Spring 2018

Revolution in Higher Education: Identity & Cultural Beliefs Inspire Tribal Colleges & Universities

Authors
Cheryl Crazy Bull and Justin Guillory
Abstract

The public increasingly requires that higher education institutions demonstrate their return on investment by measuring graduation rates, cost per student, job placement rates, and income. The motivation is economic: public institutions are accountable to the investor, in this case, the taxpayer. Tribal Colleges and Universities (TCUs), on the other hand, are indebted to and inspired by the revolutionary vision of their founders: the ancestors, elders, and community members who believed that higher education rooted in tribal sovereignty, identity, systems, and beliefs would ensure the survival and prosperity of their people. TCUs are advancing Native student access and completion, developing scholars who are contributing to knowledge creation through community-based research, and promoting economic and entrepreneurial development in tribal communities.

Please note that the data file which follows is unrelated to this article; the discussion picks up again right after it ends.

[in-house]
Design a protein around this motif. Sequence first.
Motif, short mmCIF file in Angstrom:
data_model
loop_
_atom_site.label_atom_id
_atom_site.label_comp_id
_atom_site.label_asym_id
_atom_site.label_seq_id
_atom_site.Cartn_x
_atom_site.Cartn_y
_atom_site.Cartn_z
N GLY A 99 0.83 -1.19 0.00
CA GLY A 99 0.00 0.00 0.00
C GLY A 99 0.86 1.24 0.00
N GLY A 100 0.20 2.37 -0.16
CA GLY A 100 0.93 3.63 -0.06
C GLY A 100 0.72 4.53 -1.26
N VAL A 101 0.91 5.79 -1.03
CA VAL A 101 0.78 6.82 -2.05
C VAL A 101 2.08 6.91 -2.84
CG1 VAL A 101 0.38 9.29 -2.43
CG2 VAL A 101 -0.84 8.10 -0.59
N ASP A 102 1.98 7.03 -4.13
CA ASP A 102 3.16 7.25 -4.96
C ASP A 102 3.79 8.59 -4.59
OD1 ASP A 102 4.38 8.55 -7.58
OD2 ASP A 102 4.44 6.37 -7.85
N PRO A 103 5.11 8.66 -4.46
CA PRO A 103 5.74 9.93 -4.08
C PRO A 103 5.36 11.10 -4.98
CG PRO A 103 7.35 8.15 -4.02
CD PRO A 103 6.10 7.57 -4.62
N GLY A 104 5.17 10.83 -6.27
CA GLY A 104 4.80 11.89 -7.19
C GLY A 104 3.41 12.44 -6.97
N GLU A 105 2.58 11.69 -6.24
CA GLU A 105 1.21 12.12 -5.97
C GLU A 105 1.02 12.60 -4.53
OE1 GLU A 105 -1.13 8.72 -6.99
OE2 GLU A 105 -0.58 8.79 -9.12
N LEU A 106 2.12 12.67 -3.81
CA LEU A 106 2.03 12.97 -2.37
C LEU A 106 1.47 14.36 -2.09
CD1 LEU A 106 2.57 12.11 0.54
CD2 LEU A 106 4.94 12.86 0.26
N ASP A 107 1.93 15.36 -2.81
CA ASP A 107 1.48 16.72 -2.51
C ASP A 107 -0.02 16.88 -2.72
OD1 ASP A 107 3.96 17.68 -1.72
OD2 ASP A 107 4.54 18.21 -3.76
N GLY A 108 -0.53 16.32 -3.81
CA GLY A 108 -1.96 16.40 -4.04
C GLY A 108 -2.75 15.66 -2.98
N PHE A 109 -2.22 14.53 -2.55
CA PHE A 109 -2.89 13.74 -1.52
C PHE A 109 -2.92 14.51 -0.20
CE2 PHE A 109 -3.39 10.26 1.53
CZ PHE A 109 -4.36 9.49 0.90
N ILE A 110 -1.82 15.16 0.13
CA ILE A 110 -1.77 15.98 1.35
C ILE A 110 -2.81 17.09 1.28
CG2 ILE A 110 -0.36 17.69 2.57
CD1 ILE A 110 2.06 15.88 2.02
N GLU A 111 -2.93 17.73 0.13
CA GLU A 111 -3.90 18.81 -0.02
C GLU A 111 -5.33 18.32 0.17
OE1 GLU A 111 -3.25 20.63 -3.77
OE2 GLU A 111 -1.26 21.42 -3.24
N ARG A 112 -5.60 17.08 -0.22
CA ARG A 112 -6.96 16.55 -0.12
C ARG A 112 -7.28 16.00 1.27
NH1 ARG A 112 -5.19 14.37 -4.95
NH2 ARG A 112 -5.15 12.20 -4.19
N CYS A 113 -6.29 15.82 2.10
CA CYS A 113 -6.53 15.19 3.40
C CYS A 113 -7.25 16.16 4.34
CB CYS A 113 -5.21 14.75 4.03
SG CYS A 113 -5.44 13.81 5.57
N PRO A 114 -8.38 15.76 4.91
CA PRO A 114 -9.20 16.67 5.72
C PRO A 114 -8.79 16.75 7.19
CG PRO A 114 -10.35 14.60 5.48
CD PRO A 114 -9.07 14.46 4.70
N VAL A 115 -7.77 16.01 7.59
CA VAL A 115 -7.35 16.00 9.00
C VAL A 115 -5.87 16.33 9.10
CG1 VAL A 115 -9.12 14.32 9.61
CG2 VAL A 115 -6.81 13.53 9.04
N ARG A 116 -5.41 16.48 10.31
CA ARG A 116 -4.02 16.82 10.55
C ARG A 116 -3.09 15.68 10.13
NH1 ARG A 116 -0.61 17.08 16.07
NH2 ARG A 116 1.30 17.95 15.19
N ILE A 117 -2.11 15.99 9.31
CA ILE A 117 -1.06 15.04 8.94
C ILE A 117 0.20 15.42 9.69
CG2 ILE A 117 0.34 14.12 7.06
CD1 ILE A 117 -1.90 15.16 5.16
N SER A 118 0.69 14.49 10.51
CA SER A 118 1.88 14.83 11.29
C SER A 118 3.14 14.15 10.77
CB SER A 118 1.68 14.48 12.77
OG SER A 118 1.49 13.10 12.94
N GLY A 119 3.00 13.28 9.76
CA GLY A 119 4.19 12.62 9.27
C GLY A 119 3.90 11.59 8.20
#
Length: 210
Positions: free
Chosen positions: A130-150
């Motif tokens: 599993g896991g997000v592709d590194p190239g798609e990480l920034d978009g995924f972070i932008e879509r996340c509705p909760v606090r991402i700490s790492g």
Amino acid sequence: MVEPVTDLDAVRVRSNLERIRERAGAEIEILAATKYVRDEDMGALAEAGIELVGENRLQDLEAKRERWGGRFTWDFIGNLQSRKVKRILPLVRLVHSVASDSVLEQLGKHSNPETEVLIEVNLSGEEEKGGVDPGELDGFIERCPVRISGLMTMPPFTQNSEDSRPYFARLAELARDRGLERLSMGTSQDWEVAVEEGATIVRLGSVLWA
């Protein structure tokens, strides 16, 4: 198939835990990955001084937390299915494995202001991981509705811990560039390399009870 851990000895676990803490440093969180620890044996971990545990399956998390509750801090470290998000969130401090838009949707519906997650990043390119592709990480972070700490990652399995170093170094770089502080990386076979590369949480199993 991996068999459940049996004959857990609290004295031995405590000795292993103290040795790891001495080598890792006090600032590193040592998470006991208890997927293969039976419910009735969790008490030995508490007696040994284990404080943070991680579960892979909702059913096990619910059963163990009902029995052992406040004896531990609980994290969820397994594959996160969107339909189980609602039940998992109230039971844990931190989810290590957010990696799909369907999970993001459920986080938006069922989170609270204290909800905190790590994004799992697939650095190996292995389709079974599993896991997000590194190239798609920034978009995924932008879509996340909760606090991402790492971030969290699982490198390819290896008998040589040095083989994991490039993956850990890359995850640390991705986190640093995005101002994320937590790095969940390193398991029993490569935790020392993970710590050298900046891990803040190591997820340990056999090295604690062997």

CHERYL CRAZY BULL (Sicangu Lakota) is President and CEO of the American Indian College Fund. She previously served as President of Northwest Indian College and has extensive experience in tribal K–12 and higher education as well as community development. She has published articles in such journals as Tribal College: Journal of American Indian Higher Education as well as contributed to books focused on leadership, minority serving institutions, and tribal colleges.

JUSTIN GUILLORY (Nez Perce descendent) is President of Northwest Indian College. He previously served as Dean of Extended Campuses and Dean of Academics and Distance Learning at Northwest Indian College. He has published essays in such collections as Understanding Minority-Serving Institutions (2008).

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